Our latest Artist You Need To Know is Annette Messager, and she has offered the following insightful observations about her artwork and aesthetic: “For me, it’s a ‘natural’ gesture to rip bodies apart, cut them up. I always feel that my identity as a woman and as an artist is divided, disintegrated, fragmented, and never linear, always multifaceted…always pictures of parts of bodies, fragments and closeups …I always perceive the body in fragments.” She said this in response to her installation Les Piques {The Pikes} (1992 – 93), and we’ve included some images of that work below. Much more about that artwork, which has often changed form, and been split into multiple incarnation as well, can be read here.



Annette Messager is a well known and appropriately lauded contemporary French installation artist whose art often examines “conventional perceptions of women by individuals and by society at large. Her early pieces focused on domestic objects such as textiles, toys, and found objects, and through her later work the artist has continued to question traditional notions of femininity and masculinity. “At first, I felt proud when someone said, ‘Your work looks like a man did it.’ Then I realized that was stupid,” the artist once quipped.” (from here, where you can see many more of her works, as well. Considering the detailed and evocative nature of her work, or the environments she’s created, details are necessary for a full appreciation, and can be found at the numerous links we’re including. Here’s a brief video of a work by Messager, installed at Villa Medici, and a more in depth conversation about an exhibition of numerous works by the artist in Calais, France).



Born on November 30, 1943 in Berck, France, Messager attended the École des Arts Décoratifs in Paris. Her resume is beyond impressive. In 2005, she won the Golden Lion Award at the Venice Biennale for her installation which transformed the French pavilion through a variety of moving sculpture, notably including Casino (2005), in which a wind machine creates waves and ripples in a large red silk sheet amongst strange creatures and forms. She has also had numerous solo exhibitions around the world: sevearl notable ones include the Museo de Arte Moderno in Buenos Aires, the Musée d’Art Moderne de la Ville de Paris, and a retrospective at the Centre Pompidou in Paris.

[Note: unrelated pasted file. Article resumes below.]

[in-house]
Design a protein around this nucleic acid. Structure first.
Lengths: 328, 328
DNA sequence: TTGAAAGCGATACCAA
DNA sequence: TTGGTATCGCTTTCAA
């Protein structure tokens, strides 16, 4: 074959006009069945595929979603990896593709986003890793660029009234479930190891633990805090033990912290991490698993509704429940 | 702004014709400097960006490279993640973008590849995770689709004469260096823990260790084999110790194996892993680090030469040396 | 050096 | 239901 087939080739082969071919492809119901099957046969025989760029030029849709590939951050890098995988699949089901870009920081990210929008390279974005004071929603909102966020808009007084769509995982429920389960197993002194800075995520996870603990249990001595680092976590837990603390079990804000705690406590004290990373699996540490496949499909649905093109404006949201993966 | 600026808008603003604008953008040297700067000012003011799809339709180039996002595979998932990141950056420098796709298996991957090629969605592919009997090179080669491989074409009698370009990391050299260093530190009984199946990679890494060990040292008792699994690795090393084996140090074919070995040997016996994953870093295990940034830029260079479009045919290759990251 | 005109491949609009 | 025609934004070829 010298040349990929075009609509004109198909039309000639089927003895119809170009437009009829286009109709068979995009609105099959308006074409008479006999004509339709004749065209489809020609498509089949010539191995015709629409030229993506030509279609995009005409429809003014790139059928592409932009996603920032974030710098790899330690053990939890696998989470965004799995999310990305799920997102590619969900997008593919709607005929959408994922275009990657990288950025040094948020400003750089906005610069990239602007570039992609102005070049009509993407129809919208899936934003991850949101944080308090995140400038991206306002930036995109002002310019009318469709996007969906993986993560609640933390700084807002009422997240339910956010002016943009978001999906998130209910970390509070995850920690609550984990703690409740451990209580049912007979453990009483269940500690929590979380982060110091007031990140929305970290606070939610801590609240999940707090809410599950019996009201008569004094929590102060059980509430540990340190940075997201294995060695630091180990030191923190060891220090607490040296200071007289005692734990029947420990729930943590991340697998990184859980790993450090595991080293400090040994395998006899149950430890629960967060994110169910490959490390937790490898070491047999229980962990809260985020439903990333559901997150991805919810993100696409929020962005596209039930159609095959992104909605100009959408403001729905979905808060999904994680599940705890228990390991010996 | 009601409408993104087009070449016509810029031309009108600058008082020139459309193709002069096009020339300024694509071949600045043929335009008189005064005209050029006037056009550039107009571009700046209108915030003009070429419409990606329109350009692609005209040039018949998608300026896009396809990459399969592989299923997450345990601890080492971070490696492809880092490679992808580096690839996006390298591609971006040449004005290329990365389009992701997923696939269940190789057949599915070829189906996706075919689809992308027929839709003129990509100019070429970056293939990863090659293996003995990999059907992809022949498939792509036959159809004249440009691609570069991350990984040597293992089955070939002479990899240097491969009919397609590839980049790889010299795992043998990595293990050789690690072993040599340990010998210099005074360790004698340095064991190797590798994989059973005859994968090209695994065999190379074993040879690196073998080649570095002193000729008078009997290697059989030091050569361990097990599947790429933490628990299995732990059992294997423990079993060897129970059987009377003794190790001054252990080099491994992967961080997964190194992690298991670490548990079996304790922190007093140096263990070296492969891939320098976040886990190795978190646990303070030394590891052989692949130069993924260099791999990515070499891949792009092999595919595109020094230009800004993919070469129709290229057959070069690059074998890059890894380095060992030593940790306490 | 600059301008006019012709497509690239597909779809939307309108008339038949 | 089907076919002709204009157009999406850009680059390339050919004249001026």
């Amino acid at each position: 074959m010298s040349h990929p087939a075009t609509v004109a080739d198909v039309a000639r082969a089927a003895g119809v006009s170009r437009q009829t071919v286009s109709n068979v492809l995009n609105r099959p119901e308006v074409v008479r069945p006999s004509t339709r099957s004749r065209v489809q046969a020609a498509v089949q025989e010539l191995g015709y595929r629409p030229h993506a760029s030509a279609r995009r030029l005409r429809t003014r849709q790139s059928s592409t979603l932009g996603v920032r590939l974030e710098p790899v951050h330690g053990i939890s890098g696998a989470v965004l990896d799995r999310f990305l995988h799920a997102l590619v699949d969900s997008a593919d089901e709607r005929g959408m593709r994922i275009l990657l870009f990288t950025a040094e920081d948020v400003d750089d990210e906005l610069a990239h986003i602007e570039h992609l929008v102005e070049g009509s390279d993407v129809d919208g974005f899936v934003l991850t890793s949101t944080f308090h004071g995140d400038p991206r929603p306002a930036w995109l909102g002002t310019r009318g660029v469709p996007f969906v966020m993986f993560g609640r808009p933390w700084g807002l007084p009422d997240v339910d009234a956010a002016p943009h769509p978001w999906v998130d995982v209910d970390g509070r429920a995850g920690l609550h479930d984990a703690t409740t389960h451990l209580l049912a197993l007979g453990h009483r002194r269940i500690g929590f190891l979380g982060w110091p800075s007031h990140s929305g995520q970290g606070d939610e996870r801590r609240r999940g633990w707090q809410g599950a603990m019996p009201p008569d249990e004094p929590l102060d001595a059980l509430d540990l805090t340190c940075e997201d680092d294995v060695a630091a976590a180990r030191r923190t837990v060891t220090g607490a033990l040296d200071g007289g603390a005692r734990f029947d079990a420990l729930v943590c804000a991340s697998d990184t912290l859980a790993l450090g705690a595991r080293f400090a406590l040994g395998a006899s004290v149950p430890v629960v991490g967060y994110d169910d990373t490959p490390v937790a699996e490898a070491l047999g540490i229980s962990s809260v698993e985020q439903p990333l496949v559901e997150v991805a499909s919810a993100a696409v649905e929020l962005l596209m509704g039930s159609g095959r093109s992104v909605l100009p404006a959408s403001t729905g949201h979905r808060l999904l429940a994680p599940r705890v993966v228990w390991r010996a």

Several critics and curators have offered engaging commentary on Messager’s artwork. From the Marian Goodman Gallery (which has an extensive selection of her art): “Often using reminiscence and memory as a vehicle for inspiration, Messager’s wide range of hybrid forms has had an affinity with traditions as varied as the romantic, the grotesque, the absurd, the phantasmagoric.” An article in The Guardian, in 2017, described Messager’s aesthetic, as having “moments of typically mischievous affront….[but] it wants to speak as simply and pungently as possible.”


As previously mentioned, the Marian Goodman Gallery is an excellent resource online for Messager’s work. From the Goodman Gallery: “Messager was awarded the Praemium Imperiale for sculpture in 2016. She won the Golden Lion for best national pavilion at the 51st Venice Biennale in 2005. The Tel Aviv Museum of Art will present a major exhibition of her work in 2022. Recently she has exhibited at the Institut Giacometti in Paris (2018), the Institut Valencià Art Modern (IVAM) in Spain (2018), and the Villa Medici in Rome (2017). In France, an important exhibition was put in at the Musée des Beaux-Arts and at the Cité de la Dentelle et de la Mode in Calais, in 2015–16. In 2014 Messager had major exhibitions at the Museum of Contemporary Art MCA, Sydney, and at K21 in Düsseldorf. Earlier solo shows have been exhibited at the Museo de Arte Contemporáneo in Monterrey (MARCO), Mexico (2011); the Hayward Gallery in London (2009); the Espoo Museum of Modern Art (EMMA), Finland (2008); the National Museum of Contemporary Art, Seoul, South Korea (2008); and the Mori Art Museum in Tokyo (2008). A major retrospective of her work was organised by the Centre Pompidou, Paris, in 2007.”

Messager currently lives and works in Malakoff, France.The 1968 student revolution in France can be seen as being formative in her approach to art and art making, provoking both a rigorous skepticism about art and a focus on the conceptual potential and boundaries of the same. She is regarded by many in Europe as one of the key artists of her generation.